Former San Francisco District Attorney Chesa Boudin was named executive director of the University of California, Berkeley law school’s new research and advocacy center.
Boudin was ousted from his district attorney position in a 2022 recall vote by a margin of 55% to 45%.
In an op-ed for the San Francisco Chronicle on Wednesday, Boudin said he was named the founding executive director of the University of California, Berkeley law school’s new Criminal Law & Justice Center.
“In my new role, just as I did as district attorney, I will continue to draw on networks of advocates, activists, judges and legal practitioners to support reform and advance safety in ways that are rigorous, principled and responsive to the lived experiences of directly impacted communities,” Boudin said in the op-ed. “The center will systematically evaluate the outcomes of specific policies and communicate to the public which policy changes are essential to enhancing public safety and justice.”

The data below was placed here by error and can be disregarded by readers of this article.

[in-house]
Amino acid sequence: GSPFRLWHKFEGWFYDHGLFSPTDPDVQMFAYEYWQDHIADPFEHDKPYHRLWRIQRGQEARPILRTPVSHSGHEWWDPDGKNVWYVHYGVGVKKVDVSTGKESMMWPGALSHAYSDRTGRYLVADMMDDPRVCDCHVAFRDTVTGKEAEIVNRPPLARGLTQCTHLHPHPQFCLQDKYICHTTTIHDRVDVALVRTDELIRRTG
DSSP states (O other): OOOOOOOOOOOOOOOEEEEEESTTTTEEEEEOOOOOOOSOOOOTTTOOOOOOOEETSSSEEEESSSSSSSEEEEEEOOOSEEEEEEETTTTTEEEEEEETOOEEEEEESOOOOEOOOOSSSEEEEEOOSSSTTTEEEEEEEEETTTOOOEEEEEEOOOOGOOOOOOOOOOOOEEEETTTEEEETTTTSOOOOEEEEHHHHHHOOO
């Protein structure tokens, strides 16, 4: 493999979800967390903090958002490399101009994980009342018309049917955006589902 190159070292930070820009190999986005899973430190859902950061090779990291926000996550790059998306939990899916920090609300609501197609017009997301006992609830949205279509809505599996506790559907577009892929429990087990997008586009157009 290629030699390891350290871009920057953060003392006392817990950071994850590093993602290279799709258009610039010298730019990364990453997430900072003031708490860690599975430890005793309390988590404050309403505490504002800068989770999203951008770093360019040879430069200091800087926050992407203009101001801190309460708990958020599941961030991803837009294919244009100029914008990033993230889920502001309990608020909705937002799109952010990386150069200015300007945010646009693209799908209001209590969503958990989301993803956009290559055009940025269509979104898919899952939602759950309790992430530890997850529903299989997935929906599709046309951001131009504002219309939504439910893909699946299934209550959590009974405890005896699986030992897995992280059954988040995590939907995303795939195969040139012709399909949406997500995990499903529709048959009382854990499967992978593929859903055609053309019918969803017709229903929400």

Boudin, in the op-ed, also announced that he won’t seek elected office in 2024.
“That’s why, rather than seek another elected office in 2024, I’m choosing a different path for now — one that is still consistent with my lifelong commitment to fixing the criminal legal system, ending mass incarceration and innovating data-driven solutions to public safety challenges,” he said.
While San Francisco district attorney, Boudin faced sharp criticism over his policies which opponents believe had a role in an increased rate of violent crime throughout the city.
Fox News’ Brandon Gillespie and the Associated Press contributed to this report.